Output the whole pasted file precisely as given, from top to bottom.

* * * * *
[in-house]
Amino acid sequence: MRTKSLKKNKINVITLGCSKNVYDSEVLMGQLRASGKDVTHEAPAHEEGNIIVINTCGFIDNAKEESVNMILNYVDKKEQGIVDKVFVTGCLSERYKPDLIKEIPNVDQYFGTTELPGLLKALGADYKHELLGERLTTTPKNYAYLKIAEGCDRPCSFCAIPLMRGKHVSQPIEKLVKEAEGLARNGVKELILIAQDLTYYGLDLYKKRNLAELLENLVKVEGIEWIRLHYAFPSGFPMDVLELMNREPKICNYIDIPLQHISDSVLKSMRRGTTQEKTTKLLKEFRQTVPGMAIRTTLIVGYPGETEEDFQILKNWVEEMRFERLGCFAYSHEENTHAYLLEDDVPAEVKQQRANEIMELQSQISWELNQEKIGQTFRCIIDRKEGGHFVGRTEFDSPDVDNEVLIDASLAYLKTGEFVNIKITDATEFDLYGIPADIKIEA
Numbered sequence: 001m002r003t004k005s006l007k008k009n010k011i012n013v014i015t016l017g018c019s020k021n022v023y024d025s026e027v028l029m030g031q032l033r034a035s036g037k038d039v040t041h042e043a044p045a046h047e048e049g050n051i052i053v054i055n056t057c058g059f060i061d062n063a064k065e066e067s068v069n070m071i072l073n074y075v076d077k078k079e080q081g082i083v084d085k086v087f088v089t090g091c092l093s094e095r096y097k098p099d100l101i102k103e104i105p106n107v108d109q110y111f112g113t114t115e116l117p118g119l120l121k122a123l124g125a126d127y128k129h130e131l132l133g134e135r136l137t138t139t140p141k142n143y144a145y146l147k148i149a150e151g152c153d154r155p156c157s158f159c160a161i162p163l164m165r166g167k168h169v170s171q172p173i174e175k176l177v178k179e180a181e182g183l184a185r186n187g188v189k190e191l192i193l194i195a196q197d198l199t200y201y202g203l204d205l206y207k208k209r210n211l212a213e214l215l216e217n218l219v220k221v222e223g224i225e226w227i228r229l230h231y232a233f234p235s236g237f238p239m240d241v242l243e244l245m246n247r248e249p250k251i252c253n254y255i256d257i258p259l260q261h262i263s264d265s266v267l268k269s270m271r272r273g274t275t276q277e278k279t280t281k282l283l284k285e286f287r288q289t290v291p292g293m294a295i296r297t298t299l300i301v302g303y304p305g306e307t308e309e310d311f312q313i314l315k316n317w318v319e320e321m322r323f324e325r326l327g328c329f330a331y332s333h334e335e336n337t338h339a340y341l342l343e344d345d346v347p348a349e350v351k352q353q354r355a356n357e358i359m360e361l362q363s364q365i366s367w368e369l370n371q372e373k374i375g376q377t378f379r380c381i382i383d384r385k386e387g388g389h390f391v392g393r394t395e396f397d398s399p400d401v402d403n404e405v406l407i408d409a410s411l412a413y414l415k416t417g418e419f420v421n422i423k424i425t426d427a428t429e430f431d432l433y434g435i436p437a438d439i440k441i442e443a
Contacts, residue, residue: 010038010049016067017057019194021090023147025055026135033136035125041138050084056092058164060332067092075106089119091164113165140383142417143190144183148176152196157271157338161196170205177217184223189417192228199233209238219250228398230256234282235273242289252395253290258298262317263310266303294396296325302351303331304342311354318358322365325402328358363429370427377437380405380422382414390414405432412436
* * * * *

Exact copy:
[in-house]
Amino acid sequence: MRTKSLKKNKINVITLGCSKNVYDSEVLMGQLRASGKDVTHEAPAHEEGNIIVINTCGFIDNAKEESVNMILNYVDKKEQGIVDKVFVTGCLSERYKPDLIKEIPNVDQYFGTTELPGLLKALGADYKHELLGERLTTTPKNYAYLKIAEGCDRPCSFCAIPLMRGKHVSQPIEKLVKEAEGLARNGVKELILIAQDLTYYGLDLYKKRNLAELLENLVKVEGIEWIRLHYAFPSGFPMDVLELMNREPKICNYIDIPLQHISDSVLKSMRRGTTQEKTTKLLKEFRQTVPGMAIRTTLIVGYPGETEEDFQILKNWVEEMRFERLGCFAYSHEENTHAYLLEDDVPAEVKQQRANEIMELQSQISWELNQEKIGQTFRCIIDRKEGGHFVGRTEFDSPDVDNEVLIDASLAYLKTGEFVNIKITDATEFDLYGIPADIKIEA
Numbered sequence: 001m002r003t004k005s006l007k008k009n010k011i012n013v014i015t016l017g018c019s020k021n022v023y024d025s026e027v028l029m030g031q032l033r034a035s036g037k038d039v040t041h042e043a044p045a046h047e048e049g050n051i052i053v054i055n056t057c058g059f060i061d062n063a064k065e066e067s068v069n070m071i072l073n074y075v076d077k078k079e080q081g082i083v084d085k086v087f088v089t090g091c092l093s094e095r096y097k098p099d100l101i102k103e104i105p106n107v108d109q110y111f112g113t114t115e116l117p118g119l120l121k122a123l124g125a126d127y128k129h130e131l132l133g134e135r136l137t138t139t140p141k142n143y144a145y146l147k148i149a150e151g152c153d154r155p156c157s158f159c160a161i162p163l164m165r166g167k168h169v170s171q172p173i174e175k176l177v178k179e180a181e182g183l184a185r186n187g188v189k190e191l192i193l194i195a196q197d198l199t200y201y202g203l204d205l206y207k208k209r210n211l212a213e214l215l216e217n218l219v220k221v222e223g224i225e226w227i228r229l230h231y232a233f234p235s236g237f238p239m240d241v242l243e244l245m246n247r248e249p250k251i252c253n254y255i256d257i258p259l260q261h262i263s264d265s266v267l268k269s270m271r272r273g274t275t276q277e278k279t280t281k282l283l284k285e286f287r288q289t290v291p292g293m294a295i296r297t298t299l300i301v302g303y304p305g306e307t308e309e310d311f312q313i314l315k316n317w318v319e320e321m322r323f324e325r326l327g328c329f330a331y332s333h334e335e336n337t338h339a340y341l342l343e344d345d346v347p348a349e350v351k352q353q354r355a356n357e358i359m360e361l362q363s364q365i366s367w368e369l370n371q372e373k374i375g376q377t378f379r380c381i382i383d384r385k386e387g388g389h390f391v392g393r394t395e396f397d398s399p400d401v402d403n404e405v406l407i408d409a410s411l412a413y414l415k416t417g418e419f420v421n422i423k424i425t426d427a428t429e430f431d432l433y434g435i436p437a438d439i440k441i442e443a
Contacts, residue, residue: 010038010049016067017057019194021090023147025055026135033136035125041138050084056092058164060332067092075106089119091164113165140383142417143190144183148176152196157271157338161196170205177217184223189417192228199233209238219250228398230256234282235273242289252395253290258298262317263310266303294396296325302351303331304342311354318358322365325402328358363429370427377437380405380422382414390414405432412436